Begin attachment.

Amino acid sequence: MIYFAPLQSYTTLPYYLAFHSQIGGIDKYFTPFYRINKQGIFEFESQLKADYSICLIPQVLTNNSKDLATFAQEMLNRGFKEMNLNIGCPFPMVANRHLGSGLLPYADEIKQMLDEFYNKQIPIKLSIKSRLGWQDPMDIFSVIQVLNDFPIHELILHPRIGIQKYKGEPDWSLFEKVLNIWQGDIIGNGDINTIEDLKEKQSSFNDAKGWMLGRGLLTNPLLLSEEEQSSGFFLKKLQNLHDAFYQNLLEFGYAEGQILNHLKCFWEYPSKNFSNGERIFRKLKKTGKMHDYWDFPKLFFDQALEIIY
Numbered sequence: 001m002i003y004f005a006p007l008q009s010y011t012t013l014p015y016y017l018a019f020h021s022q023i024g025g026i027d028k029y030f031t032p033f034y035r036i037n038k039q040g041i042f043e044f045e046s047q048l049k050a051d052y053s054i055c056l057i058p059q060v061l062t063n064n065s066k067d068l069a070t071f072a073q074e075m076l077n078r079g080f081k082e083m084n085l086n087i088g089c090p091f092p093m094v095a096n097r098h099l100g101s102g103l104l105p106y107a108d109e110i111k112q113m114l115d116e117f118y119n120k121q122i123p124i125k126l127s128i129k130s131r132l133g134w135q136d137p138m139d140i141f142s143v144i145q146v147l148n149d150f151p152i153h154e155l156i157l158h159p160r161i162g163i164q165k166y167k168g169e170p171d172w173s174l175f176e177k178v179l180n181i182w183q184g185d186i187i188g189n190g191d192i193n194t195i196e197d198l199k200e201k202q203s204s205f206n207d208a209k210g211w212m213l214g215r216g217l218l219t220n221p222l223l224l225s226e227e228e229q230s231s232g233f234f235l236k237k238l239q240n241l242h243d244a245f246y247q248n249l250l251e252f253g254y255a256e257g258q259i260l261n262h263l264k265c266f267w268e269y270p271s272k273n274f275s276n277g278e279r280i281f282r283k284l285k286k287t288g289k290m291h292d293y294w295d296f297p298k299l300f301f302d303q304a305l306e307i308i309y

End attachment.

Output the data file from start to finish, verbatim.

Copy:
Amino acid sequence: MIYFAPLQSYTTLPYYLAFHSQIGGIDKYFTPFYRINKQGIFEFESQLKADYSICLIPQVLTNNSKDLATFAQEMLNRGFKEMNLNIGCPFPMVANRHLGSGLLPYADEIKQMLDEFYNKQIPIKLSIKSRLGWQDPMDIFSVIQVLNDFPIHELILHPRIGIQKYKGEPDWSLFEKVLNIWQGDIIGNGDINTIEDLKEKQSSFNDAKGWMLGRGLLTNPLLLSEEEQSSGFFLKKLQNLHDAFYQNLLEFGYAEGQILNHLKCFWEYPSKNFSNGERIFRKLKKTGKMHDYWDFPKLFFDQALEIIY
Numbered sequence: 001m002i003y004f005a006p007l008q009s010y011t012t013l014p015y016y017l018a019f020h021s022q023i024g025g026i027d028k029y030f031t032p033f034y035r036i037n038k039q040g041i042f043e044f045e046s047q048l049k050a051d052y053s054i055c056l057i058p059q060v061l062t063n064n065s066k067d068l069a070t071f072a073q074e075m076l077n078r079g080f081k082e083m084n085l086n087i088g089c090p091f092p093m094v095a096n097r098h099l100g101s102g103l104l105p106y107a108d109e110i111k112q113m114l115d116e117f118y119n120k121q122i123p124i125k126l127s128i129k130s131r132l133g134w135q136d137p138m139d140i141f142s143v144i145q146v147l148n149d150f151p152i153h154e155l156i157l158h159p160r161i162g163i164q165k166y167k168g169e170p171d172w173s174l175f176e177k178v179l180n181i182w183q184g185d186i187i188g189n190g191d192i193n194t195i196e197d198l199k200e201k202q203s204s205f206n207d208a209k210g211w212m213l214g215r216g217l218l219t220n221p222l223l224l225s226e227e228e229q230s231s232g233f234f235l236k237k238l239q240n241l242h243d244a245f246y247q248n249l250l251e252f253g254y255a256e257g258q259i260l261n262h263l264k265c266f267w268e269y270p271s272k273n274f275s276n277g278e279r280i281f282r283k284l285k286k287t288g289k290m291h292d293y294w295d296f297p298k299l300f301f302d303q304a305l306e307i308i309y